Aim: The aim was to explore emotional distress and health risk behaviours of mothers of servicemen. The study was inspired by the first author's clinical practice in primary care among women who reported significant emotional distress surrounding impending deployment of their sons.
Background: Thousands of US service members have been deployed in the current wars. The potentially profound effects of deployment on emotional distress of military spouses and children have been documented; however, mothers of servicemen have not been studied.
Methods: This was an exploratory descriptive study to determine self-reported levels of emotional distress and health risk behaviours in the mothers of deployed male US Marines compared with mothers of male Marines not currently deployed. Mothers were accessed via a voluntary online support organization.
Results: Mothers of deployed sons reported significantly higher levels of emotional distress and more health risk behaviours compared with mothers of sons not deployed. Many of the mothers in both groups reported high levels of emotional distress.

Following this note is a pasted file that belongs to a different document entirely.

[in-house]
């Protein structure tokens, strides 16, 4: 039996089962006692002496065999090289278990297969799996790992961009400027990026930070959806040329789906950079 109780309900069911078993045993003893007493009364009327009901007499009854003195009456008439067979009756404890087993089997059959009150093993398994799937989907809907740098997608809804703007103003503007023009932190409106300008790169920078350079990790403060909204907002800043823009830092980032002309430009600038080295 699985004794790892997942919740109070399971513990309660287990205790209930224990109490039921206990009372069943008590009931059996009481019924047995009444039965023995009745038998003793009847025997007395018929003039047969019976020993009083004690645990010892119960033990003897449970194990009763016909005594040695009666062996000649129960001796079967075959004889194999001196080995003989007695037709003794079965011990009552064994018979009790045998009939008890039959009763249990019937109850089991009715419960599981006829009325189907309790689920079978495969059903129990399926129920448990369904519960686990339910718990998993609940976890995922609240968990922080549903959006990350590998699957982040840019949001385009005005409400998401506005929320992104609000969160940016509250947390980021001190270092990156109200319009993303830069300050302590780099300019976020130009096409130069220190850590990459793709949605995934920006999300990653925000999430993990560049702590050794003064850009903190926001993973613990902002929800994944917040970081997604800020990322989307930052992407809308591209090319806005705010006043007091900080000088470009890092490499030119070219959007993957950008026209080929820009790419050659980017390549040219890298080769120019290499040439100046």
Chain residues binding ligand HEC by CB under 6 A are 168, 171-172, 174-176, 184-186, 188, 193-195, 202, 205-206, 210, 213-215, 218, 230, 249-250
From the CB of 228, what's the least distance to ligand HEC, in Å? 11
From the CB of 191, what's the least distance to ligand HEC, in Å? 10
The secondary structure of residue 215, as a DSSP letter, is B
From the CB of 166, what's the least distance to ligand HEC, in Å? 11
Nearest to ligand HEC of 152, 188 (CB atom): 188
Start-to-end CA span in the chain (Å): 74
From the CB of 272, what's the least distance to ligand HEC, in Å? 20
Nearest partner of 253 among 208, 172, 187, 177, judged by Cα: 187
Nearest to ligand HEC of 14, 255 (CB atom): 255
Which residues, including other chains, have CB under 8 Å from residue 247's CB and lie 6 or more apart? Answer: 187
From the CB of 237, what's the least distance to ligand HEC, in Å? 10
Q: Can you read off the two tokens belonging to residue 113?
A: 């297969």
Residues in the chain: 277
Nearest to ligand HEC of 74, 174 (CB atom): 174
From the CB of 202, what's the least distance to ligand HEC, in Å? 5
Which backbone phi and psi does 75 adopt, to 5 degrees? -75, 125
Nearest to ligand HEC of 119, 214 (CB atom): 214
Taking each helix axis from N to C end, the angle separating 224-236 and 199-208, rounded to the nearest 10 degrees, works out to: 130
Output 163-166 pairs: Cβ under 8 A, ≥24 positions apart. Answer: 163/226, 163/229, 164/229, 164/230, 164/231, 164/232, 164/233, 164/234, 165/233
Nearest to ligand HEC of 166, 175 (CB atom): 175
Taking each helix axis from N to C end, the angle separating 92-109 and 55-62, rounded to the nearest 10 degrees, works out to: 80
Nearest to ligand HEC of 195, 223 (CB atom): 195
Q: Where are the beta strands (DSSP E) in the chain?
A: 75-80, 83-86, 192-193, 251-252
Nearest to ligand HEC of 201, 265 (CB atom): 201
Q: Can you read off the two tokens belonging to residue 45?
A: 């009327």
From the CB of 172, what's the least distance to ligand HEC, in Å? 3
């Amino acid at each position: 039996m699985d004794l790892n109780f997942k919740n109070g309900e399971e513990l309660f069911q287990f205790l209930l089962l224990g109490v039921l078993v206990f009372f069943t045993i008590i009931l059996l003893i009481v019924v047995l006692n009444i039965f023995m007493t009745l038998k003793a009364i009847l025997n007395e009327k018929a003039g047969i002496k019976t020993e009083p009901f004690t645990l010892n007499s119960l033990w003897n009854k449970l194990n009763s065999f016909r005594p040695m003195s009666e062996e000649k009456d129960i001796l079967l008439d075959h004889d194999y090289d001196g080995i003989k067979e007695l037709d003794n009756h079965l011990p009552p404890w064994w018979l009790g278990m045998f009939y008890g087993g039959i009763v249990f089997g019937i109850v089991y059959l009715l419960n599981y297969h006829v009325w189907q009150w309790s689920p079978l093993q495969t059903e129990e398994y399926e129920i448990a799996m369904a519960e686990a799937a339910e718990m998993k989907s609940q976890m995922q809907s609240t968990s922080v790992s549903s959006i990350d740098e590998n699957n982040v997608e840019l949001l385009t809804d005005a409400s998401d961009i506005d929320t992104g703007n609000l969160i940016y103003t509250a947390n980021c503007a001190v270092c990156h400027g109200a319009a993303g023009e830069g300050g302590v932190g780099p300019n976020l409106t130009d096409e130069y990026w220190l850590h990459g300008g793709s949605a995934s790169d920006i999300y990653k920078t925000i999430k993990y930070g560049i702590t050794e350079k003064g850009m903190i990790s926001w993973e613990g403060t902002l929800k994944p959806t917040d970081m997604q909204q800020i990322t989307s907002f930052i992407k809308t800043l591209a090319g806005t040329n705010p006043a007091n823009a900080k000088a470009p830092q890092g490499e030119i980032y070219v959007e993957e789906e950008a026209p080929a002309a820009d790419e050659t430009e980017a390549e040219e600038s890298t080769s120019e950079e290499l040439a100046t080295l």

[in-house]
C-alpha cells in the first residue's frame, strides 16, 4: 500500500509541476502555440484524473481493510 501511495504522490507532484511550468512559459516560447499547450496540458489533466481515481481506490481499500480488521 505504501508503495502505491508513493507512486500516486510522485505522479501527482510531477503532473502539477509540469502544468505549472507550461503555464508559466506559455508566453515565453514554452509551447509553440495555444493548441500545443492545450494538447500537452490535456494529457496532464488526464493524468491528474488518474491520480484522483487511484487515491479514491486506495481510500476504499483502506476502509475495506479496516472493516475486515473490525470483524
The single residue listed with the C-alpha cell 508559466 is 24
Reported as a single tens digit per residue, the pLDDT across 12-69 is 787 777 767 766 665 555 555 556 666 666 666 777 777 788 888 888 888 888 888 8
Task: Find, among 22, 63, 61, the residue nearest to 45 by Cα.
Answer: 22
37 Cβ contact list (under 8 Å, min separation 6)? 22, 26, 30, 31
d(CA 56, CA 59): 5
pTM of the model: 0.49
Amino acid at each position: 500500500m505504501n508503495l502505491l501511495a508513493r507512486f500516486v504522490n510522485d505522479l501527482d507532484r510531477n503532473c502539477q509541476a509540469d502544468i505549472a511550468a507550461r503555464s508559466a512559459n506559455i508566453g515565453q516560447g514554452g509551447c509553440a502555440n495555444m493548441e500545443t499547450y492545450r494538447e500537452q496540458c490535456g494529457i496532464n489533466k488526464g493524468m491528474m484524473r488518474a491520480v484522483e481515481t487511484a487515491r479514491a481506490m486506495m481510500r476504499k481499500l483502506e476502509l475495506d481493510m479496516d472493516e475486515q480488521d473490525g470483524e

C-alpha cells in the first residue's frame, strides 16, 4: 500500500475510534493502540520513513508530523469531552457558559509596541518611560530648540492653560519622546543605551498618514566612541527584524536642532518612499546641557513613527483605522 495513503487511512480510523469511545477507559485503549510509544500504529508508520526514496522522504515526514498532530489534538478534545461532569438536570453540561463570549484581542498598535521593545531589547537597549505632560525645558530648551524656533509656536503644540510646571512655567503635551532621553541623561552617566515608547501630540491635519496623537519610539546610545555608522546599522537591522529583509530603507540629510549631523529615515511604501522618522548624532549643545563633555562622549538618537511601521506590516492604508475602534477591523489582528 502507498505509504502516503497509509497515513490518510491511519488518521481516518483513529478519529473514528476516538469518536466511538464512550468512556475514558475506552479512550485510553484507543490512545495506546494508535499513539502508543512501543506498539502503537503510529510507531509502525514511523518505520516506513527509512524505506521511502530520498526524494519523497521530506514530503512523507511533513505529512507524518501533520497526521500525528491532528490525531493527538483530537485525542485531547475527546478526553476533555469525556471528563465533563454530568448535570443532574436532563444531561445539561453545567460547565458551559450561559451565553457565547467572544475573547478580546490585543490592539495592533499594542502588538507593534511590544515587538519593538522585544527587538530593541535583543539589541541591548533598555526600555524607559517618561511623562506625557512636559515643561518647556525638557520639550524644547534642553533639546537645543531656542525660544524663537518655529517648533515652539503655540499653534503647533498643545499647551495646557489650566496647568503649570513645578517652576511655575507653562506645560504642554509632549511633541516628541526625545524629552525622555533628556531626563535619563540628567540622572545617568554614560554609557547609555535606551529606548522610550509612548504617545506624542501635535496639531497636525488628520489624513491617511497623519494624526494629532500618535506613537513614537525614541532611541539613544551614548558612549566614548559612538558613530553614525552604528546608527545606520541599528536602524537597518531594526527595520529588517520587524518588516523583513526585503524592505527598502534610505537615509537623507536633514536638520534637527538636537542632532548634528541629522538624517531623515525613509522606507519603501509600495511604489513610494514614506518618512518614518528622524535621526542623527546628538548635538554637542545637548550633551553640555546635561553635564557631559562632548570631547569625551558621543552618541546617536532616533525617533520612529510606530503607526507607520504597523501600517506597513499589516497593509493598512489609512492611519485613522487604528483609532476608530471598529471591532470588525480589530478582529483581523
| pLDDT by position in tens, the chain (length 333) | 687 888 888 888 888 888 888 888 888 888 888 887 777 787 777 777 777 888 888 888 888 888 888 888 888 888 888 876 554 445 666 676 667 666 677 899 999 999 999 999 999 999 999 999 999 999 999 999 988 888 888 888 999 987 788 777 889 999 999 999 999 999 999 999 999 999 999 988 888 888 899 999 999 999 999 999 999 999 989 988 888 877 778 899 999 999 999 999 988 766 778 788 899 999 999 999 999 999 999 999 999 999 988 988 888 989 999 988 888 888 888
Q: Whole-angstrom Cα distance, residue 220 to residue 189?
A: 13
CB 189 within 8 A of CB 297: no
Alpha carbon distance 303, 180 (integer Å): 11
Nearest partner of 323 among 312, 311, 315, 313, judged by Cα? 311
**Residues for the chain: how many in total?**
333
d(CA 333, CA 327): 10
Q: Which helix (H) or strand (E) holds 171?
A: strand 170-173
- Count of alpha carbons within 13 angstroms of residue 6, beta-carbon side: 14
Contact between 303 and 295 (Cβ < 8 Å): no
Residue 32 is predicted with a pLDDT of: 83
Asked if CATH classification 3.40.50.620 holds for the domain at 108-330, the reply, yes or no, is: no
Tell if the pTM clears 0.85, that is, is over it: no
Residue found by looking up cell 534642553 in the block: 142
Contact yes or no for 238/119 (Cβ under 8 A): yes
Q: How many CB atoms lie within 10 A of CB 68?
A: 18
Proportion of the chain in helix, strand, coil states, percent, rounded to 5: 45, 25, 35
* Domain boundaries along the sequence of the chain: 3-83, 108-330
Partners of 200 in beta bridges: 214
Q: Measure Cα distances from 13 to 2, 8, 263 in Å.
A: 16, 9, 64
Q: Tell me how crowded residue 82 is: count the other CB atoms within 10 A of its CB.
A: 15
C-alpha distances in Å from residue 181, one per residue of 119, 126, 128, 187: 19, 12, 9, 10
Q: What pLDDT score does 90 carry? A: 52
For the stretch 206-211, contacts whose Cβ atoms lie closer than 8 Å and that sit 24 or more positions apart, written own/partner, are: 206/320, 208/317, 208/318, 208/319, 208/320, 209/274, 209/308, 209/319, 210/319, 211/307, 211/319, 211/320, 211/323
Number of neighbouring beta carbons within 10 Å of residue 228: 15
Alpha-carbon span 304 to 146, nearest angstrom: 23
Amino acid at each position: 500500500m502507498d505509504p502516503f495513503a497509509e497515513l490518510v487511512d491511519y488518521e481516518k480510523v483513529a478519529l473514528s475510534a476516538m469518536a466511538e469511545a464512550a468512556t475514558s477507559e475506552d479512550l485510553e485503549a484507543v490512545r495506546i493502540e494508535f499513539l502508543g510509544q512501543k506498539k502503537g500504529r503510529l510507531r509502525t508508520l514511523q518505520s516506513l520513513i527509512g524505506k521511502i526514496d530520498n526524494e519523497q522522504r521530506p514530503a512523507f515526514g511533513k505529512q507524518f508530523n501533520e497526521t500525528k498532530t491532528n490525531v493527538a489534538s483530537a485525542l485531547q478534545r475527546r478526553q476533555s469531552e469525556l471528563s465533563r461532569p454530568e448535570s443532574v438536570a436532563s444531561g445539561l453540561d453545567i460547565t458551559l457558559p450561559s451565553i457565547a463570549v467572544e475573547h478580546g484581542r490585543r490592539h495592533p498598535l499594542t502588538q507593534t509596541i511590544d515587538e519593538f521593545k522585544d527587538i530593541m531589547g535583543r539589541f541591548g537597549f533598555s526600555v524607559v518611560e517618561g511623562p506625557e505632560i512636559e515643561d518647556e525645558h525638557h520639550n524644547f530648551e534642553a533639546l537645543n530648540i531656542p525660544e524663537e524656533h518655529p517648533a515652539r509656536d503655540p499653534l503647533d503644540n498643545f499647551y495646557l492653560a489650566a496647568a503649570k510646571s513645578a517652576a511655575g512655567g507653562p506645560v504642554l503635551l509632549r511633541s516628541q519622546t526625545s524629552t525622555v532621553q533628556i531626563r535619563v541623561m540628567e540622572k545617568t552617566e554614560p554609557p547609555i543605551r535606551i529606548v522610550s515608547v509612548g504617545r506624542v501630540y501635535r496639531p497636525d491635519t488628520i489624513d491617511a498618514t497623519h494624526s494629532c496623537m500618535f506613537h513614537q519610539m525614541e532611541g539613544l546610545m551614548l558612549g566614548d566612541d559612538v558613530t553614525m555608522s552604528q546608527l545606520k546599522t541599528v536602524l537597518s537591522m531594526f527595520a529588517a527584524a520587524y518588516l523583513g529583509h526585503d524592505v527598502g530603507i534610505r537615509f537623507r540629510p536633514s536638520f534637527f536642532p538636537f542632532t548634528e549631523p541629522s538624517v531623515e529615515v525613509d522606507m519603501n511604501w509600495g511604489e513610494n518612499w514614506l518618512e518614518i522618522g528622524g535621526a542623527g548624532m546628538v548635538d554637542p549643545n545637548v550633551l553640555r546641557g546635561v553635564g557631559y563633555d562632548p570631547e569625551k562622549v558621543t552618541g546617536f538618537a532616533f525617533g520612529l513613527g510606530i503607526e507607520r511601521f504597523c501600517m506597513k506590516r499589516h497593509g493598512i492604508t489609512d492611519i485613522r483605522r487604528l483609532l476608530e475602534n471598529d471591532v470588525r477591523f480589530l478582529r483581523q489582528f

Discussion: As primary care providers, nurses should be alert to the high levels of emotional distress and health risk behaviours among all patients. This exploratory study highlights these dimensions in mothers of servicemen.
Conclusions: This study is the first of mothers of sons serving in the military. While the focus is on mothers of sons serving in the US military, their experience is likely not unique. Mothers of military service members all over the world send their children off to war and wait for their safe return.
© 2011 The Authors. International Nursing Review © 2011 International Council of Nurses.